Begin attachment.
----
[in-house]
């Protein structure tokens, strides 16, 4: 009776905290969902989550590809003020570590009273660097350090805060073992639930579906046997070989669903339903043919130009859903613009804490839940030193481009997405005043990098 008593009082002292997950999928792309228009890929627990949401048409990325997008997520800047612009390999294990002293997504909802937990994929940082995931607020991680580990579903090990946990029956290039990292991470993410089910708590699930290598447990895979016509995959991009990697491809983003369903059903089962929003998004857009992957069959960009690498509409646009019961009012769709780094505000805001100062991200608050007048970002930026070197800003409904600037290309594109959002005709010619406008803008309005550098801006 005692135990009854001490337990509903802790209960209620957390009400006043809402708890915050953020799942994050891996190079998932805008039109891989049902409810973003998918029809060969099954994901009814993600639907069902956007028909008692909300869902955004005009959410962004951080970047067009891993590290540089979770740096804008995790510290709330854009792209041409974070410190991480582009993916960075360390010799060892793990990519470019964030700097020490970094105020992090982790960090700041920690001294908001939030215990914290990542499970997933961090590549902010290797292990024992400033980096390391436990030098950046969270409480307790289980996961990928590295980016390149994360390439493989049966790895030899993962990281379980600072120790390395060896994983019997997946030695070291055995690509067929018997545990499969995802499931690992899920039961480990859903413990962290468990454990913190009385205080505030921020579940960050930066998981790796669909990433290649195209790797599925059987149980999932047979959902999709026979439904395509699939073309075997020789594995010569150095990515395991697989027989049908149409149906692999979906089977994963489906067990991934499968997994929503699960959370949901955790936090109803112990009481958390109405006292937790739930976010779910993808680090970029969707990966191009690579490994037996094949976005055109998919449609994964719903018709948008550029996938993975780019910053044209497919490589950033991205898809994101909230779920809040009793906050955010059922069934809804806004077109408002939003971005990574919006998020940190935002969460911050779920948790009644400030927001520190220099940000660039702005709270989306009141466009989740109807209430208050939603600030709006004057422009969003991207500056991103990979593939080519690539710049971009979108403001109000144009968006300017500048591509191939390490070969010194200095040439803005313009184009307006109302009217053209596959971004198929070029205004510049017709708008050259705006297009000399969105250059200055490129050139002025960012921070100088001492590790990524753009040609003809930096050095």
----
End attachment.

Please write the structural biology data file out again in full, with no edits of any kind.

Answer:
[in-house]
């Protein structure tokens, strides 16, 4: 009776905290969902989550590809003020570590009273660097350090805060073992639930579906046997070989669903339903043919130009859903613009804490839940030193481009997405005043990098 008593009082002292997950999928792309228009890929627990949401048409990325997008997520800047612009390999294990002293997504909802937990994929940082995931607020991680580990579903090990946990029956290039990292991470993410089910708590699930290598447990895979016509995959991009990697491809983003369903059903089962929003998004857009992957069959960009690498509409646009019961009012769709780094505000805001100062991200608050007048970002930026070197800003409904600037290309594109959002005709010619406008803008309005550098801006 005692135990009854001490337990509903802790209960209620957390009400006043809402708890915050953020799942994050891996190079998932805008039109891989049902409810973003998918029809060969099954994901009814993600639907069902956007028909008692909300869902955004005009959410962004951080970047067009891993590290540089979770740096804008995790510290709330854009792209041409974070410190991480582009993916960075360390010799060892793990990519470019964030700097020490970094105020992090982790960090700041920690001294908001939030215990914290990542499970997933961090590549902010290797292990024992400033980096390391436990030098950046969270409480307790289980996961990928590295980016390149994360390439493989049966790895030899993962990281379980600072120790390395060896994983019997997946030695070291055995690509067929018997545990499969995802499931690992899920039961480990859903413990962290468990454990913190009385205080505030921020579940960050930066998981790796669909990433290649195209790797599925059987149980999932047979959902999709026979439904395509699939073309075997020789594995010569150095990515395991697989027989049908149409149906692999979906089977994963489906067990991934499968997994929503699960959370949901955790936090109803112990009481958390109405006292937790739930976010779910993808680090970029969707990966191009690579490994037996094949976005055109998919449609994964719903018709948008550029996938993975780019910053044209497919490589950033991205898809994101909230779920809040009793906050955010059922069934809804806004077109408002939003971005990574919006998020940190935002969460911050779920948790009644400030927001520190220099940000660039702005709270989306009141466009989740109807209430208050939603600030709006004057422009969003991207500056991103990979593939080519690539710049971009979108403001109000144009968006300017500048591509191939390490070969010194200095040439803005313009184009307006109302009217053209596959971004198929070029205004510049017709708008050259705006297009000399969105250059200055490129050139002025960012921070100088001492590790990524753009040609003809930096050095």